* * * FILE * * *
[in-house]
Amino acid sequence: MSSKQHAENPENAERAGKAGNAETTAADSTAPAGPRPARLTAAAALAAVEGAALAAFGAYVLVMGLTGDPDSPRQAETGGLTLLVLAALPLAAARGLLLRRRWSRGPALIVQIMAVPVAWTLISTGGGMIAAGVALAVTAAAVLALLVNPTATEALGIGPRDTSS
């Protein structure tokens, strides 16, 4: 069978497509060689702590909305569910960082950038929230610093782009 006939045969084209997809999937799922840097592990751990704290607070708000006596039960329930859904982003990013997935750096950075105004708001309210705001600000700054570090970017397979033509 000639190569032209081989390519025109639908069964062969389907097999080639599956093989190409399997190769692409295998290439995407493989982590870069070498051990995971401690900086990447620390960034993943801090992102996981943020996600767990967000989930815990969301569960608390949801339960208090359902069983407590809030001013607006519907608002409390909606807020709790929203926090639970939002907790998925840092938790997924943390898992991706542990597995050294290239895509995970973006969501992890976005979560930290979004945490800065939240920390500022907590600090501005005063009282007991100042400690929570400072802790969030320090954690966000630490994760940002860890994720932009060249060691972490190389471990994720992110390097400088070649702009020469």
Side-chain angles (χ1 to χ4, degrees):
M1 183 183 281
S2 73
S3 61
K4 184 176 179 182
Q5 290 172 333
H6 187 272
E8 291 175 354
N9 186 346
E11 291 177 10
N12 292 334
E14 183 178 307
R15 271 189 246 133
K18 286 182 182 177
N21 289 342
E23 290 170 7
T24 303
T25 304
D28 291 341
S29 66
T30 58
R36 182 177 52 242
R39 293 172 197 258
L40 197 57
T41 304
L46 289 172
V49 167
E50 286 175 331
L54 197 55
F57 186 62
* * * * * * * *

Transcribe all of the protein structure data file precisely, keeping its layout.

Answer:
[in-house]
Amino acid sequence: MSSKQHAENPENAERAGKAGNAETTAADSTAPAGPRPARLTAAAALAAVEGAALAAFGAYVLVMGLTGDPDSPRQAETGGLTLLVLAALPLAAARGLLLRRRWSRGPALIVQIMAVPVAWTLISTGGGMIAAGVALAVTAAAVLALLVNPTATEALGIGPRDTSS
């Protein structure tokens, strides 16, 4: 069978497509060689702590909305569910960082950038929230610093782009 006939045969084209997809999937799922840097592990751990704290607070708000006596039960329930859904982003990013997935750096950075105004708001309210705001600000700054570090970017397979033509 000639190569032209081989390519025109639908069964062969389907097999080639599956093989190409399997190769692409295998290439995407493989982590870069070498051990995971401690900086990447620390960034993943801090992102996981943020996600767990967000989930815990969301569960608390949801339960208090359902069983407590809030001013607006519907608002409390909606807020709790929203926090639970939002907790998925840092938790997924943390898992991706542990597995050294290239895509995970973006969501992890976005979560930290979004945490800065939240920390500022907590600090501005005063009282007991100042400690929570400072802790969030320090954690966000630490994760940002860890994720932009060249060691972490190389471990994720992110390097400088070649702009020469």
Side-chain angles (χ1 to χ4, degrees):
M1 183 183 281
S2 73
S3 61
K4 184 176 179 182
Q5 290 172 333
H6 187 272
E8 291 175 354
N9 186 346
E11 291 177 10
N12 292 334
E14 183 178 307
R15 271 189 246 133
K18 286 182 182 177
N21 289 342
E23 290 170 7
T24 303
T25 304
D28 291 341
S29 66
T30 58
R36 182 177 52 242
R39 293 172 197 258
L40 197 57
T41 304
L46 289 172
V49 167
E50 286 175 331
L54 197 55
F57 186 62